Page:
Author Archives: Brandon W. Hawk

The Last Jedi Scriptures and Medieval Manuscripts

Since seeing Star Wars, Episode VIII: The Last Jedi, I can’t stop thinking about the books we see in the Jedi library on Ahch-To. To be honest, my mind was already going before seeing the movie, since the books stood out in the trailer. I wrote about them over on Forces of Geek based on what we see […]

More New Testament Apocrypha and Medieval Studies

A little more than a week ago, the annual meeting of the Society of Biblical Literature was held in Boston (November 18-21), and I’ve seen several posts in the last week about it. I’ve never been to the SBL, but I follow the conference and hope to attend at some point because of my continued […]

Bonus Round: “Medieval” Games on Steam

This post is meant as a follow-up to my previous thoughts about medievalists telling medieval stories. In that piece, I begin by considering a video game and end with reflections on the larger implications for storytelling about the Middle Ages. After writing it, I got to thinking about other medieval video games, so decided to […]

Telling Medieval Stories: Prolegomenon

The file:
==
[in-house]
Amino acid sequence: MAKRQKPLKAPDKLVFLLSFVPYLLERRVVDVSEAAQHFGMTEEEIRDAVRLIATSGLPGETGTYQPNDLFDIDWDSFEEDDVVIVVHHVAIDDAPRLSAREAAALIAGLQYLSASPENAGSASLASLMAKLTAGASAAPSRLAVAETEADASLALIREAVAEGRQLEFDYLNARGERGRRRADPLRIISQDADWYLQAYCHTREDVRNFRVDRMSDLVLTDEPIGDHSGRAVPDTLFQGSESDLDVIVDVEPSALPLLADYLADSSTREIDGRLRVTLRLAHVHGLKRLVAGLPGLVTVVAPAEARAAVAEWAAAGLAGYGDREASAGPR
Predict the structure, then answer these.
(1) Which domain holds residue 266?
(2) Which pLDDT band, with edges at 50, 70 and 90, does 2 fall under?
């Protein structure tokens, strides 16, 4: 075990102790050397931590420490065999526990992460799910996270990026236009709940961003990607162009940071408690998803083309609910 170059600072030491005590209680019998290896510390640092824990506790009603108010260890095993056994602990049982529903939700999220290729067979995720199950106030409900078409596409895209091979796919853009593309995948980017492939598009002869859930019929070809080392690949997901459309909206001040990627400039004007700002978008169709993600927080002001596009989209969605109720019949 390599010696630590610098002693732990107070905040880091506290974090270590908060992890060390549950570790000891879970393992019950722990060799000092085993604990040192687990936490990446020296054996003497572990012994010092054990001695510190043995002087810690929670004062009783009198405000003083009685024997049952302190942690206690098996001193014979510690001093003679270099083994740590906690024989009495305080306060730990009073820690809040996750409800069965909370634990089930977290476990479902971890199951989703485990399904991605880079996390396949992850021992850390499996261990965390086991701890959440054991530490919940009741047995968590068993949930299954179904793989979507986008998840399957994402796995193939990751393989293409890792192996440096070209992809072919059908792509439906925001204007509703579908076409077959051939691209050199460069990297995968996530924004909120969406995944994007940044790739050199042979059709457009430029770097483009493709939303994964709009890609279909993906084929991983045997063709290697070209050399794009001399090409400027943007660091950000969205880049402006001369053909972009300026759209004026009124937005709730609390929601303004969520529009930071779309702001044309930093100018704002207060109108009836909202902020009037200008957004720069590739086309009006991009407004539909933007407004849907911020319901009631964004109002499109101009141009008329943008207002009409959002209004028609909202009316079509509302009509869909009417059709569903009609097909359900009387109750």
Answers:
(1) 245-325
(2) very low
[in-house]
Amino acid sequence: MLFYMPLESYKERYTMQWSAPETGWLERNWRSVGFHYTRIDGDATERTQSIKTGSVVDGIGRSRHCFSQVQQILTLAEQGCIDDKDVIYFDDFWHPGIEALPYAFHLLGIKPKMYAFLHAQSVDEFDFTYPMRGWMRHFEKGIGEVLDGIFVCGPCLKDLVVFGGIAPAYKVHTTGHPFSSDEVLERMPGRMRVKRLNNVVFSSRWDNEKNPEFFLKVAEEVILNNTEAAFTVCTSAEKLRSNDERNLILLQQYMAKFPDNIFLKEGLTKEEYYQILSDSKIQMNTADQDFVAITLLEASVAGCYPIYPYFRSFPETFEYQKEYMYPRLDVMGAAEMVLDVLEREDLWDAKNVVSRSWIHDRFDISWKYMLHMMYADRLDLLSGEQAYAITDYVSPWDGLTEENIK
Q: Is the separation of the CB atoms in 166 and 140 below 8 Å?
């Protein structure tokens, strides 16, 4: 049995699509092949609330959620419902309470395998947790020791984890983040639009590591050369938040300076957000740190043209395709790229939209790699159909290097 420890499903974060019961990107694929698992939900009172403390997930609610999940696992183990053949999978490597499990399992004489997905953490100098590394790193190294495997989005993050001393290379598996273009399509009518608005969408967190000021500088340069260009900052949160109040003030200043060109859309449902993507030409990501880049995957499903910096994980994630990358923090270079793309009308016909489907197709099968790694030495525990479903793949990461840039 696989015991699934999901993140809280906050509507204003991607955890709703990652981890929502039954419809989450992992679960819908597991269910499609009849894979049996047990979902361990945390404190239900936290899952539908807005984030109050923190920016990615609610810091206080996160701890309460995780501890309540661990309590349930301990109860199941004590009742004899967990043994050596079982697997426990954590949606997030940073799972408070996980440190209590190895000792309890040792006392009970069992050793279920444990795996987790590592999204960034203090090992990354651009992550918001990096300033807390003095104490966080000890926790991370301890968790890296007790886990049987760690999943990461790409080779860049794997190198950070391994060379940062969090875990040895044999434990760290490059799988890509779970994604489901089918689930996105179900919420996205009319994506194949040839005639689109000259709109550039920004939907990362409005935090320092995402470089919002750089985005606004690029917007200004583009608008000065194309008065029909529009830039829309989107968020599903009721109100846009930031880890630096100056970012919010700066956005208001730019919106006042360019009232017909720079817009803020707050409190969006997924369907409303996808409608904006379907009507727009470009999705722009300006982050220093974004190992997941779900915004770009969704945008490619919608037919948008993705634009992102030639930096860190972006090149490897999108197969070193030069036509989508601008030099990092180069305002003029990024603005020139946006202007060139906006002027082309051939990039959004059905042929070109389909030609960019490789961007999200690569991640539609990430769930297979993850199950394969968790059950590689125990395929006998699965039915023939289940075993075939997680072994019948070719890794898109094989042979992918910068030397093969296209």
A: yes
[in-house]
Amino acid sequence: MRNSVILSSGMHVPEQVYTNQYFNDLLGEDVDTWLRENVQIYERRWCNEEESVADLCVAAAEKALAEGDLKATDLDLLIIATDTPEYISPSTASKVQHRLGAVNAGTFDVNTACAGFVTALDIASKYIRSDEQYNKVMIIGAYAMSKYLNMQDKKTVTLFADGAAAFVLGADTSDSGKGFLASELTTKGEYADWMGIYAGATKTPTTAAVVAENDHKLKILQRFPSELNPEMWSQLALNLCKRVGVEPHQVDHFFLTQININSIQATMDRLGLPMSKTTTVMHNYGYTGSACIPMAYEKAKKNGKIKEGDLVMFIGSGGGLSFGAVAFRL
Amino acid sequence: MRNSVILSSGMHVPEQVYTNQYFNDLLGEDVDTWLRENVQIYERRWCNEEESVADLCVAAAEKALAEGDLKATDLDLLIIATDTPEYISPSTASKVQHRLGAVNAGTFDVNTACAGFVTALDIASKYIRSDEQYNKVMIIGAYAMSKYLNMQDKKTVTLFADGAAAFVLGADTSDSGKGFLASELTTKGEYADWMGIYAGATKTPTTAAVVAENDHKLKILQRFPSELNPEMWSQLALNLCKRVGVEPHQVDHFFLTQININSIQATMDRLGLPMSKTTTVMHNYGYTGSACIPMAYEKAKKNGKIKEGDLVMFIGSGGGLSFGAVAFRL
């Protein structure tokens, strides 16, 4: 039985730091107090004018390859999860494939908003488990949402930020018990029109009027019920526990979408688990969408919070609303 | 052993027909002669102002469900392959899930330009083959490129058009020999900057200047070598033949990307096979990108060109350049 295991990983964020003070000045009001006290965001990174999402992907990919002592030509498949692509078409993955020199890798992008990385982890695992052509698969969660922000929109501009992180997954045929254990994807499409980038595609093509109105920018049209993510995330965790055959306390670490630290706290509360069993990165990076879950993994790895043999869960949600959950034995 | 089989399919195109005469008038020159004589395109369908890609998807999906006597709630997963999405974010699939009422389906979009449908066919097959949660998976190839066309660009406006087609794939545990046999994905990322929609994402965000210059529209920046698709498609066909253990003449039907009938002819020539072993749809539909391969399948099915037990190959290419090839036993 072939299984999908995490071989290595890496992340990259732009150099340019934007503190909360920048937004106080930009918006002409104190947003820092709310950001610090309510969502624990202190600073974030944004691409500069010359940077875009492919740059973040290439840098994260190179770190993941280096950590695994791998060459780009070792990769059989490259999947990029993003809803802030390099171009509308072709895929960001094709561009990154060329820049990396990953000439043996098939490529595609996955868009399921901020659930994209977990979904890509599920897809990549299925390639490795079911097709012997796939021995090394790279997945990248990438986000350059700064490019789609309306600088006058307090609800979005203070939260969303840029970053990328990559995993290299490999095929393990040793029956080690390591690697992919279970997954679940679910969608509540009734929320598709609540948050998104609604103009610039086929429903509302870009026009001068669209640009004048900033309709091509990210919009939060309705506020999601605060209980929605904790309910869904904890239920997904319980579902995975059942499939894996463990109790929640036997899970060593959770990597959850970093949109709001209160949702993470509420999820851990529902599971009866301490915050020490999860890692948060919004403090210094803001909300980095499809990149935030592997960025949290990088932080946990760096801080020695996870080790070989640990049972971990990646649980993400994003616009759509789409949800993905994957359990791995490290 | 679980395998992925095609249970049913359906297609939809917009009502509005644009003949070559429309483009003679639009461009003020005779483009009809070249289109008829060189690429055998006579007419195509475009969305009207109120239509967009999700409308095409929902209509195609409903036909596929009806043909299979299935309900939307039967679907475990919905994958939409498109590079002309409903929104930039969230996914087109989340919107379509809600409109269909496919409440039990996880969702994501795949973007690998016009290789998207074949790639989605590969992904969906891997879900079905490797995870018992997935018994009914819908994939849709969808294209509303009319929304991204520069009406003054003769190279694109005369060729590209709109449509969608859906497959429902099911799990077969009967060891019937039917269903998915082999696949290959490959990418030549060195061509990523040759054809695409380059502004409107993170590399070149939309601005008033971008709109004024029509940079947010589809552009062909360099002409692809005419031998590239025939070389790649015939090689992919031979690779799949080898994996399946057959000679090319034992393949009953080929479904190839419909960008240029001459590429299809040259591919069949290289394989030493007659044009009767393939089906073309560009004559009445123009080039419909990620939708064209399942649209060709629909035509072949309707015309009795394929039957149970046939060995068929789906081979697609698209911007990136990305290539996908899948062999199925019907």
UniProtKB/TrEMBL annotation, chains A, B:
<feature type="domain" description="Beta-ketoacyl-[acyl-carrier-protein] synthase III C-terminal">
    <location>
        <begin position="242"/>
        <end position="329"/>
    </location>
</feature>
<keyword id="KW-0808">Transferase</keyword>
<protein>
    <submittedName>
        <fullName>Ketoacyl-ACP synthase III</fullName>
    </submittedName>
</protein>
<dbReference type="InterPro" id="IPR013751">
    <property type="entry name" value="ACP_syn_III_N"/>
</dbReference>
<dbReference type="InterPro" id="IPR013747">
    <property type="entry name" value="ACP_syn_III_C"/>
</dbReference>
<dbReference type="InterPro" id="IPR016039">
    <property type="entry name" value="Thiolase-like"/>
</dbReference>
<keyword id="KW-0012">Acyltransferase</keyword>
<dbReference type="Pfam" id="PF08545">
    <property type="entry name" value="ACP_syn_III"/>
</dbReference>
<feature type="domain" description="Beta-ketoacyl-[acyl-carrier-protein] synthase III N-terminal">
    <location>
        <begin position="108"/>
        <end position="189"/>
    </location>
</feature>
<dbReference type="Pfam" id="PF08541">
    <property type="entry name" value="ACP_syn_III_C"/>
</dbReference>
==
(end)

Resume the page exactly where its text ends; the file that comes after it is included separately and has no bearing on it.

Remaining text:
Some of my readers might have seen when I took to Twitter yesterday for a rant about representations of the medieval period in pop culture. It began with a video game and ended with some arguments about needing more medievalists telling better stories for more audiences. I want to offer an extended version of my […]

Dealing with Holes in a Medieval Manuscript

One of the best parts of studying the medieval period is exploring the many idiosyncrasies of manuscripts. In fact, #medievaltwitter is great for this sort of fun, as medievalists post so many photos of manuscripts with strange elements. I’ve been able to do a bit more sustained thinking about the pleasures of manuscript details while […]

Visualizing Networks of Anglo-Saxon Apocrypha

A while back, I had a twitter conversation about using network visualization tools online for studying the connections between medieval texts and manuscripts. After this exchange, I figured that others might be interested in seeing some of my work and, more specifically, how I went about it. My main interests in network visualizations so far […]

Saint Matthew and Apocryphal Gospels

September 21 is the Feast of Saint Matthew, Apostle and Evangelist, in the Western church. With these titles, he’s most well known as one of Jesus’ twelve disciples in the gospels, and for his role as writer of his own Gospel. He’s also patron saint of accountants, bankers, tax collectors, perfumers, and civil servants–because he […]